An angel went with good news to the shepherds, who were obscure members of the society of their time. Few paid attention to the shepherds. But God invited them to the Nativity scene first: “Do not be afraid…I am bringing you great joy for all the people: to you is born this day in the city of David a Saviour, who is the Messiah, the Lord”. (Luke 2:10-11). The largely forgotten shepherds were the first to the scene of the birth of the Shepherd of shepherds. This Shepherd calls each of His sheep by name, and those who know the Lord answer His call. (cf. John 10:1-21)

The answer to the Shepherd’s call is often to echo the angels’ praise to God, going forth shepherding God’s people and spreading the good news in awe of God’s works. (cf. Luke 2:20) Others are called to be like Mary, the model of mothers, who treasures and ponders the events involving her child in her heart.

Our recollection of Mary’s response to the will of God is important, especially since today is only three days after Mother’s Day. I spent much of the last weekend visiting with my family. My mom’s parents were also visiting for the weekend, before heading out to visit my great aunt, a nun for 63 years who is sick with cancer. One must admire the wisdom of mothers and grandmothers… Just before driving home on Sunday evening, I spoke with Dad’s mom by phone. Dad had called to wish Grandma a Happy Mother’s Day. As I was beginning to wish Grandma the same, she reminded me that she had sent a card to me for my 25th birthday a week ago. She apologized for her lateness (though she didn’t need to), saying that she celebrates my birthday every day. I was touched, and I could only say the same about her…I celebrate her life and motherhood and contribution to my life and to the lives of others every day. Likewise, we celebrate the Lord’s birth every day, and we recognize those who bear the Lord in their hearts every day.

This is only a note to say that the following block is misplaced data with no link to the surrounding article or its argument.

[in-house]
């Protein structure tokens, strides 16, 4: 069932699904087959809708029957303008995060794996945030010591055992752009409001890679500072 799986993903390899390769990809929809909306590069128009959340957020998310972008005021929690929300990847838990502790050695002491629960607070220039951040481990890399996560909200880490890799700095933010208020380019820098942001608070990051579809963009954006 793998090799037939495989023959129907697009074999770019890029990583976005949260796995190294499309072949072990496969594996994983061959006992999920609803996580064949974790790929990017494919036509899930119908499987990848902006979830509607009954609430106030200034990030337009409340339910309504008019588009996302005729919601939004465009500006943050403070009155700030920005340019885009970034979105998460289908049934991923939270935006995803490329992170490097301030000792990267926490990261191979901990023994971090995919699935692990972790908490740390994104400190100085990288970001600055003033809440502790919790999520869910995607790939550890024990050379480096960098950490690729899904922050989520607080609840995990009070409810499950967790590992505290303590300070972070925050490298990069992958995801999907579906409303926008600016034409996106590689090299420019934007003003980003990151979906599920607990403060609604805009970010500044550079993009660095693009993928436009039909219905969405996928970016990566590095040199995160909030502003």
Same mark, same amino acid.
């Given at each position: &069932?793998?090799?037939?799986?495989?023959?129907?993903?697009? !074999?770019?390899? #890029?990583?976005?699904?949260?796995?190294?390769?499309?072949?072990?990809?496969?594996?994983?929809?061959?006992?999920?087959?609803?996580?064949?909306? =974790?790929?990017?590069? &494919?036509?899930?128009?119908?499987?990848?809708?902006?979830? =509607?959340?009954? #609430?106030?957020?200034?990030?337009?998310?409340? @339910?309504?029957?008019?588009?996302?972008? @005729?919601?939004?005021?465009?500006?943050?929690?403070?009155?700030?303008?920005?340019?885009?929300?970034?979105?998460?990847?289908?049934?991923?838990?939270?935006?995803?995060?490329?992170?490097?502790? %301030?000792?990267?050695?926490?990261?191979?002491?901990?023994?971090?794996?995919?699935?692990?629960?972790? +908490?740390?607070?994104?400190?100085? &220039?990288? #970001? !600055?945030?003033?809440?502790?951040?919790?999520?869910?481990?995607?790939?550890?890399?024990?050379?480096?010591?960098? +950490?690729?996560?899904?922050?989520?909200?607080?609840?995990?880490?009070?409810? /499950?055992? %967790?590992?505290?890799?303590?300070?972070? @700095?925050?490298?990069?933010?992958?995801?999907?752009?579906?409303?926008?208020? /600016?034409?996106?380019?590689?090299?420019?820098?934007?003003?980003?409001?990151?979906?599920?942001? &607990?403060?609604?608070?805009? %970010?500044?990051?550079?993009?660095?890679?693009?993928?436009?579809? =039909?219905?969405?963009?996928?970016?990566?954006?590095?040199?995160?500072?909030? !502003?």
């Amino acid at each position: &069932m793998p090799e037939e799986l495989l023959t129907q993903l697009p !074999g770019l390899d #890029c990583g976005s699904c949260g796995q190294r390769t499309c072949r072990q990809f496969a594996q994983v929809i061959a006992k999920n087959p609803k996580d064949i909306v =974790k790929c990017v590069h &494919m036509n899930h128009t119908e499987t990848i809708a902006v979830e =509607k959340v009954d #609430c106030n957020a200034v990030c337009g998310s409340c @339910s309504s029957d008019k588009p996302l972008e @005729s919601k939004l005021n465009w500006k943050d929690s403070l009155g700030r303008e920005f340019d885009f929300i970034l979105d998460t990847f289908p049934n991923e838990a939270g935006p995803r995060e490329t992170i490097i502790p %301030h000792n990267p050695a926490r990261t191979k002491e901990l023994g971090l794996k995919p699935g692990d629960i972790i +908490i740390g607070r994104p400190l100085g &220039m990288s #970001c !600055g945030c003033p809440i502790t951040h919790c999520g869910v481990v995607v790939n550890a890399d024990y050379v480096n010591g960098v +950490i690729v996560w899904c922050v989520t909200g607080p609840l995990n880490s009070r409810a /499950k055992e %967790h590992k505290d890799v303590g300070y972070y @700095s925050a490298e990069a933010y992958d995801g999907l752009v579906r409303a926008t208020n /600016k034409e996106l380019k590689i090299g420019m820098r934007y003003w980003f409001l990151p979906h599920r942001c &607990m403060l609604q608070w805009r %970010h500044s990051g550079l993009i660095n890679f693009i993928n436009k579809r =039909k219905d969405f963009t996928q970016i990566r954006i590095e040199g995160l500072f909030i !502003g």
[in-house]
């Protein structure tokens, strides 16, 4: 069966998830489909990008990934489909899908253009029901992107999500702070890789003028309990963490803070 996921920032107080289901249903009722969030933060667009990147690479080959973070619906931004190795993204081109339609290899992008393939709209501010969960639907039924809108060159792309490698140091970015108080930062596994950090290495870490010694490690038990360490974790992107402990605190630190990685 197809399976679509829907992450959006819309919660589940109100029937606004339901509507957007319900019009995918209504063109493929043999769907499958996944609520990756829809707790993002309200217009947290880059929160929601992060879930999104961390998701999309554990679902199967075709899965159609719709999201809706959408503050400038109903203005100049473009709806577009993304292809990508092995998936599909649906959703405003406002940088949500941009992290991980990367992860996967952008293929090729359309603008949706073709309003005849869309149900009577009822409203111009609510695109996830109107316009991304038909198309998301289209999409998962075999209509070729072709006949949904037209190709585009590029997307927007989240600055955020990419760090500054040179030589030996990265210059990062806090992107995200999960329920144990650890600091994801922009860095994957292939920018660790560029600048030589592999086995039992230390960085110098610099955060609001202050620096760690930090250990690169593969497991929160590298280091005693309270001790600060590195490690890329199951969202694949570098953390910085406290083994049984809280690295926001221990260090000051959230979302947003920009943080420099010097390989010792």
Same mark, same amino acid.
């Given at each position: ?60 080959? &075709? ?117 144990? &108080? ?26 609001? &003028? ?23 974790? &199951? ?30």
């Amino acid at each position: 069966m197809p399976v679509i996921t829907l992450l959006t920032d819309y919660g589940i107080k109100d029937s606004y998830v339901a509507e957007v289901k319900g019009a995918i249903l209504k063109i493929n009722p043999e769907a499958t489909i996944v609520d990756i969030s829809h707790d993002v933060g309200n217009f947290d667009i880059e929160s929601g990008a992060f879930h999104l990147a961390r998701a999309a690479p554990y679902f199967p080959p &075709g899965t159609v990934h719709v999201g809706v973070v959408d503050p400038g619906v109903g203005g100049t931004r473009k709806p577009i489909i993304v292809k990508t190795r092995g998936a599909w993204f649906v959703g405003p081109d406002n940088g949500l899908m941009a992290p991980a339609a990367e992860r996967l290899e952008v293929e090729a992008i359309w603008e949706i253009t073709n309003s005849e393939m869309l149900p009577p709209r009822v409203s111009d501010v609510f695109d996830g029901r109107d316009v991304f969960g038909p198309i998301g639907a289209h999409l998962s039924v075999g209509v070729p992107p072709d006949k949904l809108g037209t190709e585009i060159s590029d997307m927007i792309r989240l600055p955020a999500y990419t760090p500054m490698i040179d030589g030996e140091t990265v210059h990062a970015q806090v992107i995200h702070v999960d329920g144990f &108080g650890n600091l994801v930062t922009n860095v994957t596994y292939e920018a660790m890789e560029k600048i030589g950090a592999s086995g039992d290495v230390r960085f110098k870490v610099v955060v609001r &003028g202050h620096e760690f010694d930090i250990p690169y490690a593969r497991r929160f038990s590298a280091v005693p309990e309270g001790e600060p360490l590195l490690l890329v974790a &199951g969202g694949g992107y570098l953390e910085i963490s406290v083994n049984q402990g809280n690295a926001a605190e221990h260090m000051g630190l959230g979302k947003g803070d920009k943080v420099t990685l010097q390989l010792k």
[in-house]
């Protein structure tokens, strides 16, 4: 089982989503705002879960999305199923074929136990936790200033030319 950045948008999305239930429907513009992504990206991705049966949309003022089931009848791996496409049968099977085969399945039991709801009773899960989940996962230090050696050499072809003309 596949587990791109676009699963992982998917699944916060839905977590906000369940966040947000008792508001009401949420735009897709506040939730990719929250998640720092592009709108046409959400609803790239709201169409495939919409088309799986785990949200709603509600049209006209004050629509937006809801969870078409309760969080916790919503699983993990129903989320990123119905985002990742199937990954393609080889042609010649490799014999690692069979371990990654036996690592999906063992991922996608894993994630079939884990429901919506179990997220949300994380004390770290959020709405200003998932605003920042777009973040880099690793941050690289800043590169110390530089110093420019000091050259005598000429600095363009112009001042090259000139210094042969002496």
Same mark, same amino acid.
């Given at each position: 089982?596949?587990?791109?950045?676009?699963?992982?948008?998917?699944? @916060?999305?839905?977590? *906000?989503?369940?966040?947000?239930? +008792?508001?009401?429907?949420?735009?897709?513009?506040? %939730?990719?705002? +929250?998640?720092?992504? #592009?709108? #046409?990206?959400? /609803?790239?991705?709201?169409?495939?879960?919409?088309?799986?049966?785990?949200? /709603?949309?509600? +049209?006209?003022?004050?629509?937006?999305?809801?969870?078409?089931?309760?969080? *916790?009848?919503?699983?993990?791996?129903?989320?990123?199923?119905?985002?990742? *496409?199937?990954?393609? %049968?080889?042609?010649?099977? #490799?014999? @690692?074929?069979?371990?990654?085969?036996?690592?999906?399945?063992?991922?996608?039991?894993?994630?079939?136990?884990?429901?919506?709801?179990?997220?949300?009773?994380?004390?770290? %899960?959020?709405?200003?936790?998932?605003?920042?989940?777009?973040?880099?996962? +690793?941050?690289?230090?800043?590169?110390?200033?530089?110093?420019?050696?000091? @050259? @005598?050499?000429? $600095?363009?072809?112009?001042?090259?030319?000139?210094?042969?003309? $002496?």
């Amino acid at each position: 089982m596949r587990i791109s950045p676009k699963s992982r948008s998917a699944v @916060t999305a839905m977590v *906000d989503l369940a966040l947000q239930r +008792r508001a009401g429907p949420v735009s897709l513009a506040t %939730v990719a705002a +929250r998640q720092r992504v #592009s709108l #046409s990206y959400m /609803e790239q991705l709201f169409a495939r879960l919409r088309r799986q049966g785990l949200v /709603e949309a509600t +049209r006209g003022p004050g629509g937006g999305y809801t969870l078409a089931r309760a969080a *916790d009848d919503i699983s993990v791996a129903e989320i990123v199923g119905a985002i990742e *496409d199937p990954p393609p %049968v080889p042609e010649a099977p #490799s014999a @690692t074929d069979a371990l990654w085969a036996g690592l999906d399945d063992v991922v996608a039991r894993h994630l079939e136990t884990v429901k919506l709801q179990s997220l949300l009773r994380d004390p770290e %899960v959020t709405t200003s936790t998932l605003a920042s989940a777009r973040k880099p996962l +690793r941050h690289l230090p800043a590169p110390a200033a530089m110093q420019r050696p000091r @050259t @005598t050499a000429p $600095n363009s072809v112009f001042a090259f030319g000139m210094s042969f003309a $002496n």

Grandma is truly a selfless person, as is my maternal grandmother and my own mother. Motherhood entails intrinsic selflessness. God chose Mary, an especially selfless mother, to bear and to rear Jesus, and to bear witness to His glory in death and in resurrection. Mary raised her child in the Jewish tradition. The child was named Jesus- the name given by the angel while the Lord was in Mary’s womb. (cf. Luke 2:21)

This child would then be presented in the Temple. Later, Jesus would be presented in His ministry, and then on a cross. Then, His mission complete, He would be presented as the resurrected Christ. God helps us daily now, presenting Himself to us as the Holy Spirit. If we live in the Spirit, the Spirit will live in us. We will then be able to hold Christ as Simeon did, and praise God when we see His salvation:

“Master, now you are dismissing your servant in peace, according to your word; for my eyes have seen your salvation, which you have prepared in the presence of all peoples, a light for revelation to the Gentiles and for glory to your people Israel.” (Luke 2:29-32)

Thank you God, for sending your only Son to redeem us. Help us to live by your will and to be Easter people. Thank you for mothers who give of themselves to guide us along the path to salvation. Amen.